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  • Writer's pictureAnnika Brindley

Should You Graduate Your Child to a Toddler Bed?

Young toddler bed in a nicely decorated bedroom

These days most cribs convert from a crib to a toddler beds and even convert into twin or full-sized bedframes. This feature is very appealing to parents because cribs can be expensive, and it seems logical for them to put their toddler into a small bed.

If your child is pondering this thought, "Hmmm, I may try to get out of my crib. I'll put my leg up and test that a bit and see how my parents react", it is time for you to pay attention and possibly take action.

When a child starts to climb out of her crib, you must switch her to a big girl's bed. It is not safe for her to be catapulting herself out of her crib! Believe it or not, it is a normal developmental phase for her to test boundaries and need to individuate.

I always say, your toddler does not punch a clock and decides to stop testing boundaries because it is bedtime. Bedtime is an excellent time for your kid to push back because there are some natural and juicy rules to test out in a sleep routine.

This is the time to hunker down on bedtime expectations, and practices, and, most importantly, remain consistent.

Your child is growing mentally, physically, and spiritually and is ready for a larger space to sleep. Convert your child's crib to a twin-sized bed, and skip the toddler bed phase. Why?

Your child does not see her toddler bed as her awesome new big-girl bed. Taking the side off of her crib does not register for her as "Cool, this is my brand new big-girl bed!".

She may see the removal of the side of her crib as a big invitation from you to get out of bed! Kids can often interpret that action as "Wow! My parents must really want me to get out of bed! Woo Hoo! They took the side off! They made it easier for me to get out! Thank you!"

Your child may also be thinking, "They keep saying my crib with the side gone is my big girl bed, but it is my crib. My mattress is the same, my blanket is the same, and everything about it feels and smells the same.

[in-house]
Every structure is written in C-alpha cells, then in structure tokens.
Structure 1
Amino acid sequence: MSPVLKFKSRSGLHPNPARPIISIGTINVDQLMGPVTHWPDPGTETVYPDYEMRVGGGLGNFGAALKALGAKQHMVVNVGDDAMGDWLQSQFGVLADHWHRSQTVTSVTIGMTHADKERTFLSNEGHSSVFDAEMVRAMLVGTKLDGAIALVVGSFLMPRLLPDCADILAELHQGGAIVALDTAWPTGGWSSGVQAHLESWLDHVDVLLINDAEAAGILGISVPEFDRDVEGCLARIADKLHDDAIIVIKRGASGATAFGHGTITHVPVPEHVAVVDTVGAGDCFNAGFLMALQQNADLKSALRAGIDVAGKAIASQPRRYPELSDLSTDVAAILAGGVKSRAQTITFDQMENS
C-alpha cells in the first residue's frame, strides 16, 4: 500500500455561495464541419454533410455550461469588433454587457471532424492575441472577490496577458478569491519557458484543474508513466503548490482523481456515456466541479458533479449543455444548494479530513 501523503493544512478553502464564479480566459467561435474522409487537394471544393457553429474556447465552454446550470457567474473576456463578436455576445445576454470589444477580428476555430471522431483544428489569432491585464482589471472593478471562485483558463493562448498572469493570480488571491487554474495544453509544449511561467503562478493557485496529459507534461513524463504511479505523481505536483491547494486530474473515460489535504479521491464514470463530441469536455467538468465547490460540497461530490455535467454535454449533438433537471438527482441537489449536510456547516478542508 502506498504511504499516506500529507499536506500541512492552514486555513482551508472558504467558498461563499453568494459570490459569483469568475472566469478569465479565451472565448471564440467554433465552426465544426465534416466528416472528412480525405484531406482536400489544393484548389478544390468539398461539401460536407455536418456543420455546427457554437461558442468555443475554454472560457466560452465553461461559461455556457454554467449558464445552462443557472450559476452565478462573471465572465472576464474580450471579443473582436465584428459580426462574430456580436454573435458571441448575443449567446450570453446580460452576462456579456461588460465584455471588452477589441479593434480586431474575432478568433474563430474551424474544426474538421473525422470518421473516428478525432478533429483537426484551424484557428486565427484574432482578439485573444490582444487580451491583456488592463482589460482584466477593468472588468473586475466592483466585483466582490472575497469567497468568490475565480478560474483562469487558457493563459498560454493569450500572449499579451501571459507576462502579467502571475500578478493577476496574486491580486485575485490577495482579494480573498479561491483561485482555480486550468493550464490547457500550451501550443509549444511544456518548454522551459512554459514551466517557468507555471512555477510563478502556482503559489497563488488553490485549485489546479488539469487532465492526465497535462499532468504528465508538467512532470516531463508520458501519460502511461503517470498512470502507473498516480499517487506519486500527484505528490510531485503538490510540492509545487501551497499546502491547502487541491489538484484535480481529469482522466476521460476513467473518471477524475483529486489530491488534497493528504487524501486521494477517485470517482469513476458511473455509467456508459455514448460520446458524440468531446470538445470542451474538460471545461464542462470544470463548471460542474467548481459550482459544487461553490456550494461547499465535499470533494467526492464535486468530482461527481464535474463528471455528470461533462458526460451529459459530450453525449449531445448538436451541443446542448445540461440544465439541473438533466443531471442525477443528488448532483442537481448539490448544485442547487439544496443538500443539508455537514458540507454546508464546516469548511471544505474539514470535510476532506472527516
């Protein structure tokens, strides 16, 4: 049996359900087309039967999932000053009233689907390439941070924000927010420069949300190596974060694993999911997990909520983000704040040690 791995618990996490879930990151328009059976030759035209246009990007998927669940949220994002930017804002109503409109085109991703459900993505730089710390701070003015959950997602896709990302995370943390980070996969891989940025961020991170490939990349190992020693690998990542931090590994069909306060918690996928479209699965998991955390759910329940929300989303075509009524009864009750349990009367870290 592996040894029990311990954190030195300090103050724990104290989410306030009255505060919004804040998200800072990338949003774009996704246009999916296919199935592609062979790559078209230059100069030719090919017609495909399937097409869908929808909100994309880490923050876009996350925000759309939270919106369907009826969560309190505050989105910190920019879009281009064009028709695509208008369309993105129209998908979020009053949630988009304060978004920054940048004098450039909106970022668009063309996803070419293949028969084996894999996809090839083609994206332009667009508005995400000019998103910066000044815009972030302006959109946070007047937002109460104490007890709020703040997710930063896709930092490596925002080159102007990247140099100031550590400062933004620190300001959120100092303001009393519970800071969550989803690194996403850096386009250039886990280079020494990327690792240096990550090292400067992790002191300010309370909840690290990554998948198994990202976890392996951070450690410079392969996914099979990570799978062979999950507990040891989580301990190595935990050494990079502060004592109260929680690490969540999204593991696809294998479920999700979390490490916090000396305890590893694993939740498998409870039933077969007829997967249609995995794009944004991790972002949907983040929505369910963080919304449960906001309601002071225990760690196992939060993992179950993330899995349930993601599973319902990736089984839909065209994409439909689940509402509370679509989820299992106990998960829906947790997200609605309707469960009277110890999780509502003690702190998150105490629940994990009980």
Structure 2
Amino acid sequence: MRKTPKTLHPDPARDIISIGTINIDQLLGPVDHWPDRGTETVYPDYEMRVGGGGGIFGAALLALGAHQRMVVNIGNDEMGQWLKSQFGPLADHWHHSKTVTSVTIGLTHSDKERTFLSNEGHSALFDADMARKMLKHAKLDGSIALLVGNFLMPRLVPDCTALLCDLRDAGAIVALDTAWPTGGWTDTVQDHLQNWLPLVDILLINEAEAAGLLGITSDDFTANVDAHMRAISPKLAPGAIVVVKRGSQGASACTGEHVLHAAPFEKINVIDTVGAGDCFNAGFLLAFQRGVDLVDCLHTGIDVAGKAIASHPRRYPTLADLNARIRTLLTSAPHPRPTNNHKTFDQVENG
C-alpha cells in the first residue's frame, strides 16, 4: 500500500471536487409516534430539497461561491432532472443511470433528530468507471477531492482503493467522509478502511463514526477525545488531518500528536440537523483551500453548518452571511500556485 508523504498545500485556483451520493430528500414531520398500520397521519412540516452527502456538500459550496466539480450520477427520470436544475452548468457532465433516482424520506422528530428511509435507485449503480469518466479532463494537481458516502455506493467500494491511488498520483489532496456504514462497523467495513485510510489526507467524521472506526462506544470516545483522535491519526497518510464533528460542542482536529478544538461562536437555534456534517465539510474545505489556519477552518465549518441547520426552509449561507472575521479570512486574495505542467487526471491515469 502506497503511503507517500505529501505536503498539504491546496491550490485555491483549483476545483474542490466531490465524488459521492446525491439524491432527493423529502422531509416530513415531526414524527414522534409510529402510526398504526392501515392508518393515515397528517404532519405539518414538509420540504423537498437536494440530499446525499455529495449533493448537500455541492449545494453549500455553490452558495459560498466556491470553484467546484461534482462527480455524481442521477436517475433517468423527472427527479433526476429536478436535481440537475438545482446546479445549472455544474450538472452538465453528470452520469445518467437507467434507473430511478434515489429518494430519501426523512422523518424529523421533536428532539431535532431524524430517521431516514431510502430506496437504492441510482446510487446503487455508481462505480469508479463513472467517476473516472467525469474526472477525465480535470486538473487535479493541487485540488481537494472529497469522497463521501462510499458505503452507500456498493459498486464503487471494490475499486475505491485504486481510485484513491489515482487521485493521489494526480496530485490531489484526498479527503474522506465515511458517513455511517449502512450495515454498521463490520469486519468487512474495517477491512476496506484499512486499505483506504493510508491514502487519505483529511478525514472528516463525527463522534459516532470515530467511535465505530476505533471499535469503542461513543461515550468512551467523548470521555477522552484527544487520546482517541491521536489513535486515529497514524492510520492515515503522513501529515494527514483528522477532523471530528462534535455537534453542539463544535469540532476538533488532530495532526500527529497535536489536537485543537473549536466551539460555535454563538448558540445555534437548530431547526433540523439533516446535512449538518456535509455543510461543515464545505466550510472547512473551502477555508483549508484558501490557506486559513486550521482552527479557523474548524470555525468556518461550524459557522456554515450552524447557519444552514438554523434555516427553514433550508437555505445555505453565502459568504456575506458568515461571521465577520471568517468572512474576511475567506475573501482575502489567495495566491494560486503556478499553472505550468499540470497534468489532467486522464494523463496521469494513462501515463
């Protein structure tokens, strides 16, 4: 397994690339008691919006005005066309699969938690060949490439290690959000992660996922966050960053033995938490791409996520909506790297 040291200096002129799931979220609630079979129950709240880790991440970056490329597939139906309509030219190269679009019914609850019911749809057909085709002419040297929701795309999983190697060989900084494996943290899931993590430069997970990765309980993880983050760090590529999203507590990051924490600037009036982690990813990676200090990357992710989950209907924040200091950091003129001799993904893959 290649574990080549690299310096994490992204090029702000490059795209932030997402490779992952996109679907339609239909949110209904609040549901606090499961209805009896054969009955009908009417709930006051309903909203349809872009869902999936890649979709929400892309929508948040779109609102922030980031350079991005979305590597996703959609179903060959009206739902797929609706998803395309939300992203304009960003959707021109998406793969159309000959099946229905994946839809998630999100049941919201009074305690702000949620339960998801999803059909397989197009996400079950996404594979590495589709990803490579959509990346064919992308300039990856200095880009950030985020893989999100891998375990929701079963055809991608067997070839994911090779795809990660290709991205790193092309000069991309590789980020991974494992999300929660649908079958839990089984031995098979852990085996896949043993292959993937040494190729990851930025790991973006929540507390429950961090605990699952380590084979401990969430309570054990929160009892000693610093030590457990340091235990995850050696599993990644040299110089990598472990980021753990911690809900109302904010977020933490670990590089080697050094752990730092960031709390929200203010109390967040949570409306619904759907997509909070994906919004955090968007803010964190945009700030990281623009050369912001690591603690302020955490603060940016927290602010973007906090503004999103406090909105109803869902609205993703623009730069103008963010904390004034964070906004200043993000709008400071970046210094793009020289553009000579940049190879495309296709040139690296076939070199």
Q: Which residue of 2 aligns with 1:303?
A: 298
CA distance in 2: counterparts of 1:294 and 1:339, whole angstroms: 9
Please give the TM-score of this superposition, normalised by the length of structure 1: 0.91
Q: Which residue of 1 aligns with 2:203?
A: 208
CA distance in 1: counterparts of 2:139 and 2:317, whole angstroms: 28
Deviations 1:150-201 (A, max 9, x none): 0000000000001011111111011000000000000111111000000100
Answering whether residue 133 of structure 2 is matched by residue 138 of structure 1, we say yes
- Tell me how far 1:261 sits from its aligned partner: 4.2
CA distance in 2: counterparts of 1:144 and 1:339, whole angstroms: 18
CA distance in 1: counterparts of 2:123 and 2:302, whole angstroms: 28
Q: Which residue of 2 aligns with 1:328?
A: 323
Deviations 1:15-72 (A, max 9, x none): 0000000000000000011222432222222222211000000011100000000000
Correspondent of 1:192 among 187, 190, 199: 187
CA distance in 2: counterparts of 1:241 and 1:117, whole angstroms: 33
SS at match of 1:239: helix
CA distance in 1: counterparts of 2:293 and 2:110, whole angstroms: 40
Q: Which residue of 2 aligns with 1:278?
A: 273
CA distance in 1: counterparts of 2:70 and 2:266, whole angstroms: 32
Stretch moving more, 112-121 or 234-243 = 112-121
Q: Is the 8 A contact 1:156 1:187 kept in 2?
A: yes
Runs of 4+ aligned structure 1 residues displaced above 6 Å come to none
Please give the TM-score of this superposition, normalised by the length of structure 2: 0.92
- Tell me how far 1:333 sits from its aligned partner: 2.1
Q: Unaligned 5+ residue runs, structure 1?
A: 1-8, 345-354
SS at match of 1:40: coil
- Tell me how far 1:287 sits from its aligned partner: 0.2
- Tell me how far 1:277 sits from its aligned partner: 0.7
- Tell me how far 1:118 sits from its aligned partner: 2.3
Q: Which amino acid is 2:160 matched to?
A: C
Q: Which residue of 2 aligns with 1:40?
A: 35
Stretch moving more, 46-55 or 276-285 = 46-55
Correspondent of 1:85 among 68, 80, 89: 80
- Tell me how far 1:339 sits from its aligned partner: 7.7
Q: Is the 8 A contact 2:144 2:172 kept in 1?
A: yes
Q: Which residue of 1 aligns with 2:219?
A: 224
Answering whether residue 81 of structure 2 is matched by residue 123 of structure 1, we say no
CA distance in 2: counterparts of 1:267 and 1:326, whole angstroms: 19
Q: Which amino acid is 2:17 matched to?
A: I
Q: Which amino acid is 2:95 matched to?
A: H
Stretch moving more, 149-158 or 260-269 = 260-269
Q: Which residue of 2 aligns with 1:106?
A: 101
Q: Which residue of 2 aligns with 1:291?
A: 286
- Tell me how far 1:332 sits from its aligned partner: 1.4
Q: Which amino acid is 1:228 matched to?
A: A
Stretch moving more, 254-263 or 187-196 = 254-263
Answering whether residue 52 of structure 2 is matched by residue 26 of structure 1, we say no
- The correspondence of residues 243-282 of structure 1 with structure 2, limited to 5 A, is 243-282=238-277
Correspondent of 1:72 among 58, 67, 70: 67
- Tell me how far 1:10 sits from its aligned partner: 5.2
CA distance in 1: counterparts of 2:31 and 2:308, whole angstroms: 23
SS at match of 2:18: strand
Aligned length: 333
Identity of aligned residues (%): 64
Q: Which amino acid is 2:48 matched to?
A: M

They must be nuts!" Because in her mind, it is still her crib. There is no significant change. You just opened the gate.

Moving from a crib to a twin-sized bed removes another unwanted step and another change for your child. If she is in a toddler bed, it will not be for long.

Convert the crib to a twin. Go out a bet a new bed.

Choose a lower platform bed if possible, and if you cannot, buy a half-box spring instead of a whole. Get a child-safe bedrail to protect her from rolling off her new bed. You do not need a negative experience with this positive change.

She now has more room to find how she loves to sleep and what makes her feel good!

Use a small mesh railing, so your child does not roll out. A child-safe railing is also a visual boundary, and that is less of an invite to hop out.

Some parents like a foam bumper, but with that choice, there is less of a visual boundary. It is essential to establish big-girl-bed rules from the very beginning.

If you have time to plan, think all about the steps you need to take and prepare her. I would talk to her about the exciting change around a week before the move, not months.

Talking about it for too long can create anxious feelings as it is unknown. It is a lot of time to create what they think it will be like, and that does not always match up to what it will be.

A week is a reasonable amount of time to prep, not have to worry, and be excited! It is a much different story if your child has jumped, and you will need to act fast. Do not panic.

Order your mattress and take the steps you need to create a safe sleep space for your child.

Remember to remove the crib from the room entirely if you are switching to a big bed. Leaving it in the room can cause some sadness, and your child may gravitate to what is old and familiar (Don't we all?!). If you are making the big move, make it and commit.

Here are some important things to think about

  • What is your bedtime routine now?

  • Could you lock it down a bit more and be more consistent?

  • Do you envision that your routine change at all now that there is a big bed?

  • Where will the bedtime books be read? - In bed or a chair?

  • What are the big-girl-bed rules?

  • What are your expectations with the new bed and sleep behavior?

Establish the rules and expectations from day one and stick to them

I advise moving a child to a big bed between the ages of two and a half and three years old. A child has a higher capacity to understand big-girl bed rules after the age of two and a half.

If your child is younger, not to worry! Remember, the behavioral aspect of sleep is always an essential part of learning.

If you have already chosen a toddler bed or you still want to, it is fine. You have not made a bad choice. Just be mindful of your child's size and be aware of when it is time to make the next move to her big-girl bed.


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